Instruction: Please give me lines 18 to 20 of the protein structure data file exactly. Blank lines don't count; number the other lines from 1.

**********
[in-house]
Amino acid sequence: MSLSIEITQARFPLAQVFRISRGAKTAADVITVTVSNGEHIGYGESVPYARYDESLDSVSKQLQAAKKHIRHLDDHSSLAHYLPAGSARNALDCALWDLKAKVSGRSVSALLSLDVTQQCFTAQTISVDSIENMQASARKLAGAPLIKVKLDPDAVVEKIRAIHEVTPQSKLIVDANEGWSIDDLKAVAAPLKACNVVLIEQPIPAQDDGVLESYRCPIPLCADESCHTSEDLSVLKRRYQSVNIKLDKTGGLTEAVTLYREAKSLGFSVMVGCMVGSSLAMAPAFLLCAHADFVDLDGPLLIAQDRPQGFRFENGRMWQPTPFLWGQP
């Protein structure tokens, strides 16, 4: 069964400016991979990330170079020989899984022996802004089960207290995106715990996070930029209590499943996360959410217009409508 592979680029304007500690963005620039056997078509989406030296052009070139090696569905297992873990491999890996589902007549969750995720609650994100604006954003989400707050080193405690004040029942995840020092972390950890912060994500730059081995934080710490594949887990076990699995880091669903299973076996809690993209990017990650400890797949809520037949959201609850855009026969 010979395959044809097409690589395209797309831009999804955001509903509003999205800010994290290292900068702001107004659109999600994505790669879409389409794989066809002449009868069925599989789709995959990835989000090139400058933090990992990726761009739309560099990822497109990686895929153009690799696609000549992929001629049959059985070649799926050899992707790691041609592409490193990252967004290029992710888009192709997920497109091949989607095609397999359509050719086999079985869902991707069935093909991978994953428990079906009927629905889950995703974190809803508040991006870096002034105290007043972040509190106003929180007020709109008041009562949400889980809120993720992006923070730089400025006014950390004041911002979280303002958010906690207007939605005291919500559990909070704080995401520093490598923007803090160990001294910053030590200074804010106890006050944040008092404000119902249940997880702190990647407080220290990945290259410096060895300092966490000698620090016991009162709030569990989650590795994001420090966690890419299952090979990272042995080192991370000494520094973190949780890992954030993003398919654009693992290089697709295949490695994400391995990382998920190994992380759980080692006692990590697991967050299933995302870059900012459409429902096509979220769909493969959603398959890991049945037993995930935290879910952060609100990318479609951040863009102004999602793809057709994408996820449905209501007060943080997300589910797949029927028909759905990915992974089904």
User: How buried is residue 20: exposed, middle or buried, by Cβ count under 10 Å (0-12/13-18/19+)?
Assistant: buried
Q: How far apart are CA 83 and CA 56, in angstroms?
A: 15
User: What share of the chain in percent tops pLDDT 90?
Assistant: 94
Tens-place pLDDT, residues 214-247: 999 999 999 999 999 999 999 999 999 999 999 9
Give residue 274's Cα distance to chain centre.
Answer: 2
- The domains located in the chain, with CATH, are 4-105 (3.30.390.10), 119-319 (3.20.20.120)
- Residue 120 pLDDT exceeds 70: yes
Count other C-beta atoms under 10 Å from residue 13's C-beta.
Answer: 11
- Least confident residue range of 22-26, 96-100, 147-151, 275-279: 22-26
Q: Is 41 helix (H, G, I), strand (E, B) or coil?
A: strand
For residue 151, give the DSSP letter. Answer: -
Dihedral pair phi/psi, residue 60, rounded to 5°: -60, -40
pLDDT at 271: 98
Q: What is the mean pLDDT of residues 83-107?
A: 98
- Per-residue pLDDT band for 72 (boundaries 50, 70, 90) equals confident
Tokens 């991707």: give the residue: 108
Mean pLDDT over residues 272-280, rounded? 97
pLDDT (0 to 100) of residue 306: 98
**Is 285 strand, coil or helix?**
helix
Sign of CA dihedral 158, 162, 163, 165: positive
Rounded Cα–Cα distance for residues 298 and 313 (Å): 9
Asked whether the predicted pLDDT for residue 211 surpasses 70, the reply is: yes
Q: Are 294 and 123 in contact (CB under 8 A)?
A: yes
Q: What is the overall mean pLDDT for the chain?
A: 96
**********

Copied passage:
Q: Is 41 helix (H, G, I), strand (E, B) or coil?
A: strand
For residue 151, give the DSSP letter. Answer: -